This is when you need to do some work to keep them safe!

So in summary:

  • Zones 8 or higher just need regular pruning for the winter. Watch out for temperature dips. If these are expected, you may have to put some mulch to help insulate it. You Can grow it as a perennial in the garden without worry.
  • Zones 7 or lower need to winterize their N. oleander.

What temperature can oleander tolerate?

10F is the key temperature to keep in mind. Anything colder than this will harm your plant.

How to winterize oleander

This section covers a variety of techniques you can practice to help your oleander sustain over the wintertime.

Depending on your USDA hardiness zone, you may be able to sneak by with minimal interference. If it gets too cold, then yeah, you’ll need to use some more extreme techniques.

Read through the following list and see which applies to your local climate.

Know the climate patterns

While no one can predict the weather, you can often get a feel for the upcoming dips in temperature.

You need to know when the temp is getting close to 10F so you can be prepared. If you’re too late to act, it can kill your plant.

Keep a gardening journal so you know when to expect the cold snap to take place. Keep tabs on the weather so you can anticipate when the temps may be getting to the danger zone.

While established oleander can handle the cold and even snow, you need to move it inside before this happens. No two seasons are alike, but the dates should be approximate.

Plant your oleander using pots!

This is the most critical piece of advice you can get in regards to success winterizing oleander. Plant them in pots.

This makes it possible to move them to shelter in the event of a cold snap. If you planted it in the soil, you’re not going to be able to uproot it to move it around, especially once it becomes established.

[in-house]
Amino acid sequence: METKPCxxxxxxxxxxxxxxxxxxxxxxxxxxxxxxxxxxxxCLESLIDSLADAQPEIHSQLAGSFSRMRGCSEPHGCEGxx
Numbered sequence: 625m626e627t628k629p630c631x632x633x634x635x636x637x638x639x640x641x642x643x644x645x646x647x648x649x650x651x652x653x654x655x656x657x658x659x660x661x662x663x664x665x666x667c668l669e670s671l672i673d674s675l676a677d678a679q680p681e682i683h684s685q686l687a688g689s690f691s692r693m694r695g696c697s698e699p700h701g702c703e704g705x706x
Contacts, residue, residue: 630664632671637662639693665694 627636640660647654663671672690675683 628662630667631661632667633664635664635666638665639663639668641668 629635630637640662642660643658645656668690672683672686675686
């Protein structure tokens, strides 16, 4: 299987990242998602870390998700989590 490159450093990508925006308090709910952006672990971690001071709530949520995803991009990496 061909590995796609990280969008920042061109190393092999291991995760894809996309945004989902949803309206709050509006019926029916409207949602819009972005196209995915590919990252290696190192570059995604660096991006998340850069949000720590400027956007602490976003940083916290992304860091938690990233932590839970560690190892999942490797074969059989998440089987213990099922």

Plan if you’re in a zone expecting temperatures to dip in winter to levels that oleander can’t tolerate.

While it’s possible to dig them up, they don’t take well to it. And it’s not worth the time/effort you need to put into it when you can just plant it in a pot in the first place.

So why not just do it right from the start?

Put the container on a rolling cart. This will make it easier to move it without hurting yourself. Fully sized oleander is extremely heavy and you won’t be able to remove it from the pot without professional help.

Heavy pots will be a common denominator.

So if you have a rolling cart to put the pot on, it’ll help when you need to move it later for the changing seasons. It’ll encourage you to do so too. Who wants to lift waterlogged oleander?

Choose smaller oleander varieties (dwarves)

Picking a smaller variety of oleander will help make it easier on you during the move. Some species only grow up to 3 feet tall.